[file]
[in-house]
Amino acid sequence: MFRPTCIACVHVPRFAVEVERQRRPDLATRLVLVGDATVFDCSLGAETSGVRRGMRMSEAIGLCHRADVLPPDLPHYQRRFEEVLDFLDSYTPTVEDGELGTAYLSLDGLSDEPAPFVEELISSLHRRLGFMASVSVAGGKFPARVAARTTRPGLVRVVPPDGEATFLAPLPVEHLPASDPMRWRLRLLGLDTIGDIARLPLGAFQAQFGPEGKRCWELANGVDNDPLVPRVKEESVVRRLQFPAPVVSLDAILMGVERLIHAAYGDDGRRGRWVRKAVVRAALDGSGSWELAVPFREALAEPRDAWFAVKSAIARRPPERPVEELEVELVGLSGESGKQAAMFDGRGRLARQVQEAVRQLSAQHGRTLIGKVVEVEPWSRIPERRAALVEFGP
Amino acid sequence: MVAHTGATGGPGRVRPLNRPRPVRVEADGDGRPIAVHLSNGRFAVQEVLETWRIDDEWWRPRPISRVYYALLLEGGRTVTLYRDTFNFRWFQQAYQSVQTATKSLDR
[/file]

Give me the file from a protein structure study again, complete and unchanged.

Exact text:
[in-house]
Amino acid sequence: MFRPTCIACVHVPRFAVEVERQRRPDLATRLVLVGDATVFDCSLGAETSGVRRGMRMSEAIGLCHRADVLPPDLPHYQRRFEEVLDFLDSYTPTVEDGELGTAYLSLDGLSDEPAPFVEELISSLHRRLGFMASVSVAGGKFPARVAARTTRPGLVRVVPPDGEATFLAPLPVEHLPASDPMRWRLRLLGLDTIGDIARLPLGAFQAQFGPEGKRCWELANGVDNDPLVPRVKEESVVRRLQFPAPVVSLDAILMGVERLIHAAYGDDGRRGRWVRKAVVRAALDGSGSWELAVPFREALAEPRDAWFAVKSAIARRPPERPVEELEVELVGLSGESGKQAAMFDGRGRLARQVQEAVRQLSAQHGRTLIGKVVEVEPWSRIPERRAALVEFGP
Amino acid sequence: MVAHTGATGGPGRVRPLNRPRPVRVEADGDGRPIAVHLSNGRFAVQEVLETWRIDDEWWRPRPISRVYYALLLEGGRTVTLYRDTFNFRWFQQAYQSVQTATKSLDR